Thursday, August 6, 2015

I'm a Writer, Not a Communications Specialist

Many years ago I was a new, self-employed writer. Work came in starts and fits, which made budgeting for things a practice in acrobatics. My confidence wasn't really there, and thinking back it probably showed in a lot of things that I did. One of the biggest signs of my shakiness was the fact that I had business cards made up that said I was a "writer/communications specialist."

Today, I'd never describe myself as a communications anything. Sure, writing is a form of communication, but so is music. I've never heard of a professional musician saying that he's a communications specialist. It's a ridiculous, bullshit term that screams you don't know who you are and are scared to commit.

At the same time I was billing myself as a communications specialist, I was also trying to grab any writing work I could. It's a hard lesson for newer writers or creative entrepreneurs of any kind, but you actually put yourself in a power position by rejecting working opportunities. I have people come to me with writing jobs all the time, and I turn most of them away. Why? Because I'm picky now, and I no longer try to be a jack of all trades.

A big secret I learned long ago is that people are willing to pay a specialist more than a generalist. If you hire a handyman to do some work on your house, you pay him less because he's not as skilled as a plumber or electrician. It was a scary thing to do, but I started to move to a specialization in the automotive writing field. I don't live in Detroit or California, I live in Utah of all places. The funny thing is that fact has actually made me a kind of writing unicorn, a rarity that actually makes me more valuable. Did it require a lot of risk? Yes, but in business the greater the risks, the greater the potential rewards.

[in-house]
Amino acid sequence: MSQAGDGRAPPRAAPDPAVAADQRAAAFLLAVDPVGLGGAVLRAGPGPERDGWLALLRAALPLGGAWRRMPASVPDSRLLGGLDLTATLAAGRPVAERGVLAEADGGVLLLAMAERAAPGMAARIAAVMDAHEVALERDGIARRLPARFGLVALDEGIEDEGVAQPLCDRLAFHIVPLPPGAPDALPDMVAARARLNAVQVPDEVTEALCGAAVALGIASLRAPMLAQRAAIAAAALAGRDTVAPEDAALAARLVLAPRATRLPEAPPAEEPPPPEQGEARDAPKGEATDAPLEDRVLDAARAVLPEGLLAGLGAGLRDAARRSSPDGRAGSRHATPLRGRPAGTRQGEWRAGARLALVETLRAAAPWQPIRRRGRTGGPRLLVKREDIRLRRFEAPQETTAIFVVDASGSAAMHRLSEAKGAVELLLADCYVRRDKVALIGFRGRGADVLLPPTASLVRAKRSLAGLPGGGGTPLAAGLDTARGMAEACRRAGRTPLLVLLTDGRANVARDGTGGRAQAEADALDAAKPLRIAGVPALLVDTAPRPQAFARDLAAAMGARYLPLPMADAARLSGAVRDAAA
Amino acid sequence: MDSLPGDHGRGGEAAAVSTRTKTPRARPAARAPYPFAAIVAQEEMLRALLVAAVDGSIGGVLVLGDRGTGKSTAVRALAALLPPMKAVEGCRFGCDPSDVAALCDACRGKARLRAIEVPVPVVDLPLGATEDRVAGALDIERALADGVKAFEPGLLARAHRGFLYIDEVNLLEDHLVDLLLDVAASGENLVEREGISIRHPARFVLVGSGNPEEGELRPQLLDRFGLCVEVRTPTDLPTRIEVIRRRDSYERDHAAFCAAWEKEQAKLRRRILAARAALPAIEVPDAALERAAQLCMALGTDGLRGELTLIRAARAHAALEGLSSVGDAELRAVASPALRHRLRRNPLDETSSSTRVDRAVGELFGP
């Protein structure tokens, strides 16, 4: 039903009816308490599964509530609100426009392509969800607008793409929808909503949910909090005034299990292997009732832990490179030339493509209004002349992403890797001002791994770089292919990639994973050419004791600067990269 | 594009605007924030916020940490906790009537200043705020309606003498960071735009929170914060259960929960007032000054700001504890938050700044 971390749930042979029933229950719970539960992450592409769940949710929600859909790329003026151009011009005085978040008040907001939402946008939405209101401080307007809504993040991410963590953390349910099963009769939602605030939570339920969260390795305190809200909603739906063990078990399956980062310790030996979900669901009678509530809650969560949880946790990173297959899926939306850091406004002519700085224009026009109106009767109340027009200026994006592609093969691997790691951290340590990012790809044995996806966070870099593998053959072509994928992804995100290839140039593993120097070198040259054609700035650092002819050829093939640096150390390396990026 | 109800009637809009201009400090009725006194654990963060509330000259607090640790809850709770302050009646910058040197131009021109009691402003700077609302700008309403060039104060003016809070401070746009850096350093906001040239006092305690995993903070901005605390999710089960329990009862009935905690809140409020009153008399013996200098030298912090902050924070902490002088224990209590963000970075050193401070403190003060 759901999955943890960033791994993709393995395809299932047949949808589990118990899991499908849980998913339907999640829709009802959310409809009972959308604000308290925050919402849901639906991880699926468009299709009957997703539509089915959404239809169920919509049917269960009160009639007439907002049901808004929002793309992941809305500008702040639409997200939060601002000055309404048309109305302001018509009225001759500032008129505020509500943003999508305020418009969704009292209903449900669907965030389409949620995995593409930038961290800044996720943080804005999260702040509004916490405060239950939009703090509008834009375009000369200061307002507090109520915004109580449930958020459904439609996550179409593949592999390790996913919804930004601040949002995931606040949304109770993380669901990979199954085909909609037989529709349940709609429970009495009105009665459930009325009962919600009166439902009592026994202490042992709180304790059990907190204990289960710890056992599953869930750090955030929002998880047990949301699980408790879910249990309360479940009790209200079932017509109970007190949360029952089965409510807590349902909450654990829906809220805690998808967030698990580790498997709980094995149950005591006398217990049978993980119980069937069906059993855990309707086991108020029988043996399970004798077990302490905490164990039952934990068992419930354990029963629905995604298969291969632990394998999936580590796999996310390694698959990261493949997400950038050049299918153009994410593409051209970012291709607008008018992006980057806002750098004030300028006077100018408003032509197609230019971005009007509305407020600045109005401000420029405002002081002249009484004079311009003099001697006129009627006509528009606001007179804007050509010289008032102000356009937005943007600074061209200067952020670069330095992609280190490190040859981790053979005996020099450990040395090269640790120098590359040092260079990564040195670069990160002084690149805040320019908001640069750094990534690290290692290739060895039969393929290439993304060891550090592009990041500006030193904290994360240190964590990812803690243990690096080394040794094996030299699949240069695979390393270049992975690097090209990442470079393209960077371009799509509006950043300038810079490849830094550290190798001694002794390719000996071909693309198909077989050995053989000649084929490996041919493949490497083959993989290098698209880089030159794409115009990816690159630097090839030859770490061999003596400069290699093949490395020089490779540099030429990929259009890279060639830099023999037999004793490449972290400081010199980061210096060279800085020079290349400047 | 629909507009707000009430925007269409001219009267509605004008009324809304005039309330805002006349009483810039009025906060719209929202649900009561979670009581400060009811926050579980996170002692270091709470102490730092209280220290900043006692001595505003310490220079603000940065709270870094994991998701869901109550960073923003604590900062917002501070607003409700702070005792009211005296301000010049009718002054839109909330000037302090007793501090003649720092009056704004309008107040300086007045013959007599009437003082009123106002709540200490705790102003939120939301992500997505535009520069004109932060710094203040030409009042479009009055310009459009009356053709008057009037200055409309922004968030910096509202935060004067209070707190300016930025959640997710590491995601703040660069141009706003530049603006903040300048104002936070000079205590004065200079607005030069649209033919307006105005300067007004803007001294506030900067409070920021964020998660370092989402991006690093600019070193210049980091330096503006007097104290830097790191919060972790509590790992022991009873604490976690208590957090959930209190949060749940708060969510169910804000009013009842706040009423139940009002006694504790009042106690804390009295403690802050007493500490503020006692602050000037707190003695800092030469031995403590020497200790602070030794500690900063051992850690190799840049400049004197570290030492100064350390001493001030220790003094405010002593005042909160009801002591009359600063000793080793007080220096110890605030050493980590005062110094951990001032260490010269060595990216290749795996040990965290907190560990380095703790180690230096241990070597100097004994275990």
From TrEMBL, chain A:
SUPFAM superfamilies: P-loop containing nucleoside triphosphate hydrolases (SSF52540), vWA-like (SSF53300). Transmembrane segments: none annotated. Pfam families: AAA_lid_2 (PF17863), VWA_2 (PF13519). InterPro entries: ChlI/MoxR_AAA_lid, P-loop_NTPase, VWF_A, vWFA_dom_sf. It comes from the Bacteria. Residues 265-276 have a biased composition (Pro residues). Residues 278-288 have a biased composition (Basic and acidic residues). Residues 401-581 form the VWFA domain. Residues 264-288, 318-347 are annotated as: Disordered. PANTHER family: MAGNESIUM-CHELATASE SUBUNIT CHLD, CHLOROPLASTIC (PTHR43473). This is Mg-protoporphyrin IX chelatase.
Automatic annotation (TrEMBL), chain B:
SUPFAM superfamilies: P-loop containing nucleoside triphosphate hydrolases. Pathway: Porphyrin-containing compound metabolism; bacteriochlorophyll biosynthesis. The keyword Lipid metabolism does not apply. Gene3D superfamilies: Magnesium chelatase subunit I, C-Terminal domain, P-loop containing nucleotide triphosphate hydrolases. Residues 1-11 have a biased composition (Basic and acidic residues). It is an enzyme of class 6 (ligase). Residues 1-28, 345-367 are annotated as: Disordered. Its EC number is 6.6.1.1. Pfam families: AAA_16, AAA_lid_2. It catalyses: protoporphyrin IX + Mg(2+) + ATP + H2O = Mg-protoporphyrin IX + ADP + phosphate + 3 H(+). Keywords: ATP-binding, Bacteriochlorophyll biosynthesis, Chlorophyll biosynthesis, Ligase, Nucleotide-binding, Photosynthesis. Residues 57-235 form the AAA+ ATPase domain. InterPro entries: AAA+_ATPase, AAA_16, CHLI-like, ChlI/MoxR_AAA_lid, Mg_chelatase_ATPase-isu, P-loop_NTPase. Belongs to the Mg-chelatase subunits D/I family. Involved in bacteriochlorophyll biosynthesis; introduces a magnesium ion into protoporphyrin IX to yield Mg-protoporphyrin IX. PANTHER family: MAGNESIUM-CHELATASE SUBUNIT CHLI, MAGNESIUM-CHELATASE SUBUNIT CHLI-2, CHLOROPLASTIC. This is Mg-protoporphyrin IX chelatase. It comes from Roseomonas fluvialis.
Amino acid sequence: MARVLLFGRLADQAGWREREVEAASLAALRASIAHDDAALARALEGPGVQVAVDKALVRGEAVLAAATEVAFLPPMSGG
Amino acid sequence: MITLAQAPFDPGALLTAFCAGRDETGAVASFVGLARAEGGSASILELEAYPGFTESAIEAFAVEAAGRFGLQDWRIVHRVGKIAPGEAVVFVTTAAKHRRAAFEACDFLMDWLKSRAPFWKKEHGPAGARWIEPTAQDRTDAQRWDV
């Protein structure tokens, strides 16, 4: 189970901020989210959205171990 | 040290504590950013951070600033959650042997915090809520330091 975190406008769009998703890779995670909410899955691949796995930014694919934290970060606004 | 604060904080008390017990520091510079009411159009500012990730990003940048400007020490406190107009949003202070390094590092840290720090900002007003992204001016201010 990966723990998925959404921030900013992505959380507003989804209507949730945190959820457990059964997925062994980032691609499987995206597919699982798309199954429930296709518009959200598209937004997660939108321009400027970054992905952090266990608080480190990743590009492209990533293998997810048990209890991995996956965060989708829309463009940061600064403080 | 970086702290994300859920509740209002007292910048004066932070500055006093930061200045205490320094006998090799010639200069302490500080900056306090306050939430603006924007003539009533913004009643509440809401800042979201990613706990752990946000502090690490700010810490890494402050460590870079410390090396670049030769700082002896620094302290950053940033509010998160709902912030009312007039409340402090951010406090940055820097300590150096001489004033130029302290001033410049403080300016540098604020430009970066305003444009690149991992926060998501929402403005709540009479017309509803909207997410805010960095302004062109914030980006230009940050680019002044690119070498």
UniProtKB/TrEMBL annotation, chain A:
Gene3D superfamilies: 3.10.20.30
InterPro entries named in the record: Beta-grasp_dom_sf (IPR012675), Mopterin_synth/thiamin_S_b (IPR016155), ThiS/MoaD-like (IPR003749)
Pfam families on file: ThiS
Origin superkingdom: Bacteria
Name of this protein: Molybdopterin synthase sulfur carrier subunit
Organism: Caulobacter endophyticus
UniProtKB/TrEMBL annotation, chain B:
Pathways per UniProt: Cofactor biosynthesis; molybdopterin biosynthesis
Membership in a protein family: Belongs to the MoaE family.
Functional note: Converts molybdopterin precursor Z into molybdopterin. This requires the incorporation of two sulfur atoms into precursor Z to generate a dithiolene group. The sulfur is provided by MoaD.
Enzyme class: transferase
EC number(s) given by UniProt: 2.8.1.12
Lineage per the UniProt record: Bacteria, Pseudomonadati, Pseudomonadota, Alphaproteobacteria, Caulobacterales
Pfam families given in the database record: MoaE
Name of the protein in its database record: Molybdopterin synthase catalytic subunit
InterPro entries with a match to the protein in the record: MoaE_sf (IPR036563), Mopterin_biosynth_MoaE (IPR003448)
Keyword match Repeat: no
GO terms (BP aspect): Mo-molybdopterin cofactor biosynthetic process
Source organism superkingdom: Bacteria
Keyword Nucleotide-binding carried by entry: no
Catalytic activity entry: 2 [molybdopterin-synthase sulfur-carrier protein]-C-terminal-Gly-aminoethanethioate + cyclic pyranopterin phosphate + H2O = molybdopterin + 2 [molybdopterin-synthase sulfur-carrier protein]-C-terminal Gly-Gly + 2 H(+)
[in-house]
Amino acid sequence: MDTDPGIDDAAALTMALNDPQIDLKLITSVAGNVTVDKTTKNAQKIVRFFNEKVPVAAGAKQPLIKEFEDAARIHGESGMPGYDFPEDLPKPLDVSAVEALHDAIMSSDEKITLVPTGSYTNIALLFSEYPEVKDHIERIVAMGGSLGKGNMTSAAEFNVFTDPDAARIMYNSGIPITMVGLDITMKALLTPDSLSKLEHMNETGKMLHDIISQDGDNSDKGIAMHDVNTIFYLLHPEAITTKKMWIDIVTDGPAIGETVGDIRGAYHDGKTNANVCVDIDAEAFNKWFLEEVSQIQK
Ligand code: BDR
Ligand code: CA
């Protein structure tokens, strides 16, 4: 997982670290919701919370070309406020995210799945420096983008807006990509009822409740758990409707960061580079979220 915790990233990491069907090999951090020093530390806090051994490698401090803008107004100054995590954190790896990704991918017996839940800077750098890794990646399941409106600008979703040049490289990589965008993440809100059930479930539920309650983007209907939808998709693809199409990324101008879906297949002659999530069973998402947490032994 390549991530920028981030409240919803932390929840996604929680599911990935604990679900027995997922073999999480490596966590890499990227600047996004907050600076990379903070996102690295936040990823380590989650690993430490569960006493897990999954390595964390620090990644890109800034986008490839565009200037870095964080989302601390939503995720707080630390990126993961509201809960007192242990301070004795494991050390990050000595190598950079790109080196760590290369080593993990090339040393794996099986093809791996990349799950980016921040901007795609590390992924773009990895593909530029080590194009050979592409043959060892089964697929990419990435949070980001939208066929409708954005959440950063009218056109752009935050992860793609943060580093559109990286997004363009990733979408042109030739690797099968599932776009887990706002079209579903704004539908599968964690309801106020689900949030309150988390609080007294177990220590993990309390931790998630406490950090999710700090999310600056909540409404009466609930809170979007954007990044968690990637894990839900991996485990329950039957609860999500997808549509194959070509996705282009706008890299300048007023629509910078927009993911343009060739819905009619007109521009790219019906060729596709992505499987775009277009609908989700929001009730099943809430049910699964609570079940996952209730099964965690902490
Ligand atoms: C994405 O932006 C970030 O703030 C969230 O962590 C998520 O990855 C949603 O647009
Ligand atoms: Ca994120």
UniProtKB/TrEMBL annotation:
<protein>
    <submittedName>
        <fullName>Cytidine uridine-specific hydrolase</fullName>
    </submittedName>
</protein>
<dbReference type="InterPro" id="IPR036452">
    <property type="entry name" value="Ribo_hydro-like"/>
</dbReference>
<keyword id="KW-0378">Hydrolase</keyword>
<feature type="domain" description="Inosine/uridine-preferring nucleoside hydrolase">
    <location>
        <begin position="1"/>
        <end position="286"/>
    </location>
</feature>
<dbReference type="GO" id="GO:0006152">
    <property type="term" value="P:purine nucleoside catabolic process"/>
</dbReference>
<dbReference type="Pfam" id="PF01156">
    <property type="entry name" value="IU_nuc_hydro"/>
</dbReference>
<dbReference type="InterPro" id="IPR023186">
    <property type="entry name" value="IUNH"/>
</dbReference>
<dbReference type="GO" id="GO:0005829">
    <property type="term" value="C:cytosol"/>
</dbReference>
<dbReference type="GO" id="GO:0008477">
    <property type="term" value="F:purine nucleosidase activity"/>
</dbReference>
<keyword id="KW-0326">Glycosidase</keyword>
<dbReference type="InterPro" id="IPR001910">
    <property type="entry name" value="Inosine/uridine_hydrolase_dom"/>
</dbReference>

In other words, no guts, no glory.

I've vowed to never describe myself with mediocre words again. I also don't apologize for what I do, because I love it and have no regrets. This is probably my greatest piece of advice for anyone who wants to be a writer, artist or any other kind of creative entrepreneur. I'm a writer, damn it, and I'm working to be the best one possible.

2 comments:

  1. I find the most ego-shattering part of being a writer is the assumption that anyone can do it. That writing is just a ruse to get out of real work. I’m usually at my desk 12-14 hours a day, seven days a week. Writing is real work.

    VR Barkowski

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    Replies
    1. Yes, everyone thinks they can write well, but the sad truth is they usually can't.

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